Beyond our traditional way to think about basic and applied research

November 30th, 2016 by Catherine Legrande

On Monday night, I was in Stockholm to hear the Swedish Minister for Higher Education and Research Helene Hellmark Knutsson presenting the Research Budget Bill for the coming 10 years. The proposal is submitted to the Parliament. Bold in a way, 10 years, if you take into account Swedish general elections will be held in 2018.

The headlines of the bill are “Kunskap in samverkan” something like “Knowledge through interactions” to tackle societal challenges such as moving into a sustainable society, climate change, migration and integration, antimicrobial resistance, wealthfare, working Life research, and enhance quality in our Swedish school system.

Higher education, research and interaction with society-at-large are the core duties of universities. There is a positive impact of basic research on economy, scientists and politicians alike have little or no doubt about this, but a straight link is always fuzzy to argue. On Monday night somebody in the audience challenged exactly that, relating the number of private companies contributing to the Swedish growth (economic?) in relation to research investments …since the 60’s…input vs ouput…Shall we rethink that in terms of a true sustainable society? That is an economically efficient yet socially and environmentally responsible society. At Linnæus University, basic research activities and innovation processes are at various stages, and they do not automatically translate in a linear fashion to a number of new companies. Let’s think in a global way too… Basic research is needed to acquire knowledge and move on to make use of research results to address societal challenges. This implies High Quality Research, and going beyond our traditional way to think about basic and applied research.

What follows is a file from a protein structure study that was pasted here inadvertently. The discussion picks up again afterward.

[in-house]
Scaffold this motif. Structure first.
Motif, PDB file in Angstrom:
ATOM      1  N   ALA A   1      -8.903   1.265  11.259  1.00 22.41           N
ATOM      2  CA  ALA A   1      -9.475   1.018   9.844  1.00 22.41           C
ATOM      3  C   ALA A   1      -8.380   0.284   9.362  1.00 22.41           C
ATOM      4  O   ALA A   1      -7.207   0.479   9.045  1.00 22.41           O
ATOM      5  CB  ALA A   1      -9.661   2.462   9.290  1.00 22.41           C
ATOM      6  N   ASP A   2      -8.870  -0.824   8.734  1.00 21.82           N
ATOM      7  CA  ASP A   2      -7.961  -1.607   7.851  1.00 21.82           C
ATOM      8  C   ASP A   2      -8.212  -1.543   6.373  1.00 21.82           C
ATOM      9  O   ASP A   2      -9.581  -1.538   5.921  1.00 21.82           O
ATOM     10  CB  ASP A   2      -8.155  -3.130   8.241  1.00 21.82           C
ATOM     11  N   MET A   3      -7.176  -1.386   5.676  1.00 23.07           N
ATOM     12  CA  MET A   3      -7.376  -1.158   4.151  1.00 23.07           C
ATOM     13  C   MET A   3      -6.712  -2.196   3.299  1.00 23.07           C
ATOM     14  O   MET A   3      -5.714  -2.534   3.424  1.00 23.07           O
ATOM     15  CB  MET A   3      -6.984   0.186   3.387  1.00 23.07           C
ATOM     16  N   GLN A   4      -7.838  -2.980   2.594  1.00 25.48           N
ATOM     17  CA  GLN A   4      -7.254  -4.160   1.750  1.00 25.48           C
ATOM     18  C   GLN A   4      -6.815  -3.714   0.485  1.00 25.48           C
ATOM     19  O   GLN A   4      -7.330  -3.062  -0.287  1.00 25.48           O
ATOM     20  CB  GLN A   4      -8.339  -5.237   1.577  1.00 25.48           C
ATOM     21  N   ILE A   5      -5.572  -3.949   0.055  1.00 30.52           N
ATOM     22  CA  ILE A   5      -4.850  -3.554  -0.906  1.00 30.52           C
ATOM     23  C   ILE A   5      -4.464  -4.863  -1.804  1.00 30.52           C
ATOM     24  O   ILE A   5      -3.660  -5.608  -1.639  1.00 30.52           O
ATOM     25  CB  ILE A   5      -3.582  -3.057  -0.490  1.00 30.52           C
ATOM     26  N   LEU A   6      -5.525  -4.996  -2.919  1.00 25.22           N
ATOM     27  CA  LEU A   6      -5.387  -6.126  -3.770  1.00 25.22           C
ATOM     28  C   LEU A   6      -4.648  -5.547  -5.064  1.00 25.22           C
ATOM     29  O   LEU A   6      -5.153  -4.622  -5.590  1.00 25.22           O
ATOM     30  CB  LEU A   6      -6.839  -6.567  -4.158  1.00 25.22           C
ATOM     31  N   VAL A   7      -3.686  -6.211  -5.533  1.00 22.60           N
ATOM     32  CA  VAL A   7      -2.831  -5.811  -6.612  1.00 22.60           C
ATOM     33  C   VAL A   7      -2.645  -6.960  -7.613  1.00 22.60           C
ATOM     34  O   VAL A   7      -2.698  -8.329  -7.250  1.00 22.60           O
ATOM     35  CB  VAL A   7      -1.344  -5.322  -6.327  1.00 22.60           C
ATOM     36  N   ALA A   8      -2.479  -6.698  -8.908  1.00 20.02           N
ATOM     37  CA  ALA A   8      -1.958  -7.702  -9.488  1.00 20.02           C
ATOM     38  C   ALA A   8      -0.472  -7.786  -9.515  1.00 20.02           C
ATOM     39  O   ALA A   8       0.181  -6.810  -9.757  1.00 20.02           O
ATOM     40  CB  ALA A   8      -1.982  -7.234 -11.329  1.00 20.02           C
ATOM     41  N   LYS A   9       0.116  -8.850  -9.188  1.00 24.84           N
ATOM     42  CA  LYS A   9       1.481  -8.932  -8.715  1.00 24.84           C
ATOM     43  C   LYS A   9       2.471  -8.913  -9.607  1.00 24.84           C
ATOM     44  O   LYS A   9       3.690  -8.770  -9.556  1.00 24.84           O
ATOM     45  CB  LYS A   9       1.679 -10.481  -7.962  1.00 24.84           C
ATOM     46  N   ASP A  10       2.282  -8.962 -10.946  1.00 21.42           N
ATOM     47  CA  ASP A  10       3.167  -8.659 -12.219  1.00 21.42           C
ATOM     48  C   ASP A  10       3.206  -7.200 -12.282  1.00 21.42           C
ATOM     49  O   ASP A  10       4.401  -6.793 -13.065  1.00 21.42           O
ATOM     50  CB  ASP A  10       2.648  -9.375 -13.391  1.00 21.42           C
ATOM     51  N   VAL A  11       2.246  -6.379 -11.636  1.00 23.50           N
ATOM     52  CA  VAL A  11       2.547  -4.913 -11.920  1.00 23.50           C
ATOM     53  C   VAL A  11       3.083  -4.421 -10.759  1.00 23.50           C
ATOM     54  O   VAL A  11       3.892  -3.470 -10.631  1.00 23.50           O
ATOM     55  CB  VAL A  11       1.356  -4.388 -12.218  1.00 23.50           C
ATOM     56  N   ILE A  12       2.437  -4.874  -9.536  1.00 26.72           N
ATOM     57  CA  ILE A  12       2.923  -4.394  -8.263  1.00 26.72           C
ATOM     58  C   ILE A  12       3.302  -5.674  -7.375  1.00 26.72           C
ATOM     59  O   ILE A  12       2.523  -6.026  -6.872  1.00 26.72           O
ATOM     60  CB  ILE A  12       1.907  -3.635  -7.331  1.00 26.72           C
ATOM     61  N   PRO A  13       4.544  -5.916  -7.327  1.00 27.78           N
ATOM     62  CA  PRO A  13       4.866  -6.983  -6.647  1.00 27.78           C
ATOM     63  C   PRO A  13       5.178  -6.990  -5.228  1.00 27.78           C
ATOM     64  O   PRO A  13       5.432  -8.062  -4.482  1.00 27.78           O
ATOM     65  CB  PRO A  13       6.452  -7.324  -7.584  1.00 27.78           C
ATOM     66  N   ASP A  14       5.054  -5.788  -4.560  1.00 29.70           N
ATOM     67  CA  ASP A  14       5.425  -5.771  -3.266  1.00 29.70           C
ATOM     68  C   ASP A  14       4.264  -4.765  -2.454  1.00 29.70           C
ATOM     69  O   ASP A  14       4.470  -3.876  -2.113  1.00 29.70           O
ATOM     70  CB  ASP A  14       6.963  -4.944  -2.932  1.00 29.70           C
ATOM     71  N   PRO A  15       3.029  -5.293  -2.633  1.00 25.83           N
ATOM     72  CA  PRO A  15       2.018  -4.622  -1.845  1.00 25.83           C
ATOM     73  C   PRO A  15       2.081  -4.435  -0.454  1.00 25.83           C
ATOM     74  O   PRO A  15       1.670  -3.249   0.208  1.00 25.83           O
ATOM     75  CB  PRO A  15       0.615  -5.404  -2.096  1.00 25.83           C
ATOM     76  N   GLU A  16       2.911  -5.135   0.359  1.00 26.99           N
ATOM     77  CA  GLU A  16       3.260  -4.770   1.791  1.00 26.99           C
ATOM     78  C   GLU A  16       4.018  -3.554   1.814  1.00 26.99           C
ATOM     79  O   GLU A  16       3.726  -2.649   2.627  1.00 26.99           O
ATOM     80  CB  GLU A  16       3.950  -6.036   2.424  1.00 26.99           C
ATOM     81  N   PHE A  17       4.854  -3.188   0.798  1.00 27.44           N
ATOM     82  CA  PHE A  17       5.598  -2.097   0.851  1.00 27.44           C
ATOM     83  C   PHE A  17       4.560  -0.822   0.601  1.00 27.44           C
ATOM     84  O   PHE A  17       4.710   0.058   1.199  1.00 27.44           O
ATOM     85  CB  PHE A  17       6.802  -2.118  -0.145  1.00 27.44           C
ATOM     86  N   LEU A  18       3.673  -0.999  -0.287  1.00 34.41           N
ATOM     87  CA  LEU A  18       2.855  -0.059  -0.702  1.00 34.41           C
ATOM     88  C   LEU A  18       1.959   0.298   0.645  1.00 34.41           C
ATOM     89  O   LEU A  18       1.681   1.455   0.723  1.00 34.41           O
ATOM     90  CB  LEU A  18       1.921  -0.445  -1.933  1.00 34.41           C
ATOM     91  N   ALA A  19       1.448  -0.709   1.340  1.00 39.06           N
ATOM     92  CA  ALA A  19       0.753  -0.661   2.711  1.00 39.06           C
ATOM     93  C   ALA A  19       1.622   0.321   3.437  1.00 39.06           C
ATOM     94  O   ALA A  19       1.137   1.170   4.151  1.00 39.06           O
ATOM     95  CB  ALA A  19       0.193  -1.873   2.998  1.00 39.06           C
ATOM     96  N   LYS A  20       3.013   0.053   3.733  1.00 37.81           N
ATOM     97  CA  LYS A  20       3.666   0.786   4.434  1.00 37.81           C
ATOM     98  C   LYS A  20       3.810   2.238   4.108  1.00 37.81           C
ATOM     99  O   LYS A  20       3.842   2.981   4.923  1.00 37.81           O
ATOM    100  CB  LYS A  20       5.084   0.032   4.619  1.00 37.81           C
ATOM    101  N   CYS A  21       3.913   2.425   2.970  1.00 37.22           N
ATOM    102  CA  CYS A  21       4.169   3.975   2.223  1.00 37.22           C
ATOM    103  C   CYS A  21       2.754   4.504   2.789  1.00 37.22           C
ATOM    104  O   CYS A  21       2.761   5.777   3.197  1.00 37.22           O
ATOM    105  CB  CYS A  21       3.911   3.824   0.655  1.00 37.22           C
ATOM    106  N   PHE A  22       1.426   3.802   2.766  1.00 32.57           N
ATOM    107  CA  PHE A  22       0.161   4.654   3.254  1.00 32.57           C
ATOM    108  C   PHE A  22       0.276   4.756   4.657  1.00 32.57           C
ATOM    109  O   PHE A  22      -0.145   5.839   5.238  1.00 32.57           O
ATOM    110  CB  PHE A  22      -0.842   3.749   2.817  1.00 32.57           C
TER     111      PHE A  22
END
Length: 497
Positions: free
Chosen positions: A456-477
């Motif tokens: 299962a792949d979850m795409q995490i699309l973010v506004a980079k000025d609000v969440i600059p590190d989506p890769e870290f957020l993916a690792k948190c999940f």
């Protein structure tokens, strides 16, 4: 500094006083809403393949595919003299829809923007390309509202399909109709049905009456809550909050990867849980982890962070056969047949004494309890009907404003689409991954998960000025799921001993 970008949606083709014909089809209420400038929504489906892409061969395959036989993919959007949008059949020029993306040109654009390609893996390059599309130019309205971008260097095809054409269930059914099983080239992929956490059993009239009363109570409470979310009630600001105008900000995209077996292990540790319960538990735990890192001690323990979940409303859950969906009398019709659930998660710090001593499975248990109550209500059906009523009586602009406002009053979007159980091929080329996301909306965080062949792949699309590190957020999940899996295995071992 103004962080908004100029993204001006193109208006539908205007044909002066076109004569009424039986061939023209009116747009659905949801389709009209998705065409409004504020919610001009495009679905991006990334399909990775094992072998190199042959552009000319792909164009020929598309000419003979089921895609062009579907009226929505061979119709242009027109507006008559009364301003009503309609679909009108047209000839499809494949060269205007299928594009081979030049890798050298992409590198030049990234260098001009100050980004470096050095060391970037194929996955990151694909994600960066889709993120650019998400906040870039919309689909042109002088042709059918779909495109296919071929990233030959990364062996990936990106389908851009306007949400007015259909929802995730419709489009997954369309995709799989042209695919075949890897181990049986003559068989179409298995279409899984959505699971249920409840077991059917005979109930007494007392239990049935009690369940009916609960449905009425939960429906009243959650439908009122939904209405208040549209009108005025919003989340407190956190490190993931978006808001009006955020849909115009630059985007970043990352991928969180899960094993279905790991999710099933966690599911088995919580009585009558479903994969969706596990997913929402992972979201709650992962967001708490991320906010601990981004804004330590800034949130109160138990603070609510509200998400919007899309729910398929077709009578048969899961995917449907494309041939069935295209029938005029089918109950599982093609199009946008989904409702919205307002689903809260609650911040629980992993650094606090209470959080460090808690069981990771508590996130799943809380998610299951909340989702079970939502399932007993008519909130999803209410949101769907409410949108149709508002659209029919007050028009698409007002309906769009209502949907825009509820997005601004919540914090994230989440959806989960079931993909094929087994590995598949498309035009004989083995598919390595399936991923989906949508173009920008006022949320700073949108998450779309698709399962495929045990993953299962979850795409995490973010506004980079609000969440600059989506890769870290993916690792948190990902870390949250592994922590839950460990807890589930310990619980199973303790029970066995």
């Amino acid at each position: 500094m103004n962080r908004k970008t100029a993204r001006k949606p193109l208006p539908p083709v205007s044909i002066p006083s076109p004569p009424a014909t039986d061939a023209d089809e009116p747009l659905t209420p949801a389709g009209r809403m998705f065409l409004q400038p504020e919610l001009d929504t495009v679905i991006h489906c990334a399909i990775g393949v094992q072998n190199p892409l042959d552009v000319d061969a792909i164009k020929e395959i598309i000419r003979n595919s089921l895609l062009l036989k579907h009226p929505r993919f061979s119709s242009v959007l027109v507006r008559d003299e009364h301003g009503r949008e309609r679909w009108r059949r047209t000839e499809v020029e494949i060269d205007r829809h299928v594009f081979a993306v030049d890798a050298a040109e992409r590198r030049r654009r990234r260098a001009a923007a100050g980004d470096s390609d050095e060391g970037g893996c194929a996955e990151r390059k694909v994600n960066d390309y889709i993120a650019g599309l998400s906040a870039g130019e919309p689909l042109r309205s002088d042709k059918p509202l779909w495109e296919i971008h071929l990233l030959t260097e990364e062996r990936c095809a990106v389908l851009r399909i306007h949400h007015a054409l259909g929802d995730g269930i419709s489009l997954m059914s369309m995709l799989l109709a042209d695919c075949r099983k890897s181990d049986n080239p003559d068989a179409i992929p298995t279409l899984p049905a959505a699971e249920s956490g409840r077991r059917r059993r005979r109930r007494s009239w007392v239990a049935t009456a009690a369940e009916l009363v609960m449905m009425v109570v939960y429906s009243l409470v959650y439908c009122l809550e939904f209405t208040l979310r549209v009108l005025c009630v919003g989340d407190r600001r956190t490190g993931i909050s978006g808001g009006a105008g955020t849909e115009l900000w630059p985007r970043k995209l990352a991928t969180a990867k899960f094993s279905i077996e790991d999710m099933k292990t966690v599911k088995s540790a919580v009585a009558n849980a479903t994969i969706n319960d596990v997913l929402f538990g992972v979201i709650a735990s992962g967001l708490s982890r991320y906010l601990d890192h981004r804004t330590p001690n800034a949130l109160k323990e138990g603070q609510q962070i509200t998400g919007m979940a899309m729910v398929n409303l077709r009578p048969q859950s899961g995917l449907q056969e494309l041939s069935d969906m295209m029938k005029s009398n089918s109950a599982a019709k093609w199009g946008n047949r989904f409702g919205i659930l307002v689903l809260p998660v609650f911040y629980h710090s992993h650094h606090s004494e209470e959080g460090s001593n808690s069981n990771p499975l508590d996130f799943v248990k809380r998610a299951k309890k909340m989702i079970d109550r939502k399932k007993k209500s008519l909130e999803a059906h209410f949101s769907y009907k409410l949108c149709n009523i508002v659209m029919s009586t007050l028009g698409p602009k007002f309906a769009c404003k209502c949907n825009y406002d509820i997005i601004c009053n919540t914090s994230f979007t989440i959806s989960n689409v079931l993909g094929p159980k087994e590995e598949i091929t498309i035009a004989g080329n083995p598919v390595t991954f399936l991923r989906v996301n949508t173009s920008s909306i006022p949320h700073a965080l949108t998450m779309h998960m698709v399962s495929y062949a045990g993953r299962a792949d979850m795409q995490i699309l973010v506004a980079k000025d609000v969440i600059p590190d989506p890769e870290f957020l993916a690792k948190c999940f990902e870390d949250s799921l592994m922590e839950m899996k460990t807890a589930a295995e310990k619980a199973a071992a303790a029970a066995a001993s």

High quality of research is paramount for Frontier Research and can only be achieved with widening participation (recruitment), offering attractive career paths, internationalisation, sustainable development and gender equality. At Linnæus University, faculty staff and students are working successfully together to develop a sustainable Quality Assurance System of High Education. Building on, the next step will be to finalize a solid QAS for Research, accounting for the impact on society, government policy, business and education.


Catherine Legrand

30 November 2016

Catherine Legrande
Catherine Legrand bedriver forskning om marina växtplanktons – inklusive giftiga algers – ekologi, fysiologi och diversitet. Hennes forskning omfattar studier om mikrobiella näringsvävar och hur dessa påverkas av externa faktorer.

Legrands fokus ligger på de komplexa biologiska och kemiska interaktionerna mellan växtplankton och bakterier i havet och på deras betydelsefulla roll i formandet av näringsvävar för plankton. Forskningen är avgörande för att kunna upptäcka mikrobiella processer som påverkar energiflödet och mångfald i ekosystemet, exempelvis vad gäller fiskbestånd, övergödning och algblomning.

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